The models I found for being trans in the world were about hiding.
I first heard Virginia Prince on the radio just eight years after she founded the “Hose And Heels Club” where, after a businesslike dinner, the men would pull out a bag with their shoes and nylons and put them on before talking about their transvestism. The assumption was that no LAPD officer would degrade himself that way just to bust them.
And it was only two years after Harry Benjamin published “The Transsexual Phenomenon” which clearly laid out the path of creating a new transitional life in a new town which could then be discarded so perfect womanhood could be ascended into.
The choice for transpeople was what to hide and when. Lie or be called a liar (1997) as I understood it.
Today, we don’t have to lie. But what we do have to do is not distress people with the facets of our life that they see as contradictory. Most people can make sense of what they see in front of them, somehow, but what they can’t make sense of is someone who crosses a boundary they see as real, powerful and inviolate.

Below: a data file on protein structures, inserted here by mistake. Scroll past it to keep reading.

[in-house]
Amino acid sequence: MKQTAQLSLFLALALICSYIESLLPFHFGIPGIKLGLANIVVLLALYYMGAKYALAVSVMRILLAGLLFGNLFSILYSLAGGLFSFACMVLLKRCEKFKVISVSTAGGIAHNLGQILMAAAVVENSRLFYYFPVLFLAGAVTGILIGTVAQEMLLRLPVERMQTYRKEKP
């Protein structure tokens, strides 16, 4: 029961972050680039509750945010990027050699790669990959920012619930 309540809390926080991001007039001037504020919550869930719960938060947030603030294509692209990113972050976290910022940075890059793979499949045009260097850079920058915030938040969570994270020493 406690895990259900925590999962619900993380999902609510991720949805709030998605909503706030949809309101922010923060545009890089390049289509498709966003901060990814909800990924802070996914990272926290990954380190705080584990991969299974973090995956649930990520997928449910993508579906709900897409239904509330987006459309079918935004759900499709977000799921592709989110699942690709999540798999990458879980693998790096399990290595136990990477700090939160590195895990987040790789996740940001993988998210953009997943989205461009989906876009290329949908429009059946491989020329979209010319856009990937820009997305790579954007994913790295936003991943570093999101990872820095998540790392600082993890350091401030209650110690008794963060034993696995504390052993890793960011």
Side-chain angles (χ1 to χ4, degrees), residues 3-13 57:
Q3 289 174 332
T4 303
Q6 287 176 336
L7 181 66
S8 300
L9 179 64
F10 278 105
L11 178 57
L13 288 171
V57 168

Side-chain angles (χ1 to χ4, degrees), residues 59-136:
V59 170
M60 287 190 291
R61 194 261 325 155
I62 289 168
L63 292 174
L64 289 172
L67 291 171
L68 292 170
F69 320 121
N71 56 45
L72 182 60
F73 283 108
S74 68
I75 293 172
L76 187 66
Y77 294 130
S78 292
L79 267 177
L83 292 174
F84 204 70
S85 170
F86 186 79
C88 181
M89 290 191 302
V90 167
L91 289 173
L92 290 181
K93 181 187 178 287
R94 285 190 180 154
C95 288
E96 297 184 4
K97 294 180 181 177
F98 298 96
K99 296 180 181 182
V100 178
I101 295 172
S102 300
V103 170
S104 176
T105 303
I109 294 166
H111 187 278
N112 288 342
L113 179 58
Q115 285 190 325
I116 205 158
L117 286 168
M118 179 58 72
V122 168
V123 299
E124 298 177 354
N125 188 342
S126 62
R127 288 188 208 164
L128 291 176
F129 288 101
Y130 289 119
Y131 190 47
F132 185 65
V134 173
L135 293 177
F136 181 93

Asking people to understand our experience tends to just baffle, confuse and frustrate them. They never had to do the work to understand and contextualize their own experience, rather, they just took their assigned path for granted in a way that transpeople never can.
Instead of lying, we just have to simplify. We just have to be easy enough that they can project their normative assumptions, whatever those might be, onto us. Once we can live with keeping big parts of us in shadow, we can start to act as one of the group, being present for them in a way that they cannot be present for us.
If we have to simplify ourselves for the comfort of others, what do we choose to make invisible? Policing ourselves always also attenuates our power in the world, passing our instincts and smarts through a filter to remove what might just be objectionable or challenging. If we have to conceal, why not just attempt to conceal our trans nature altogether?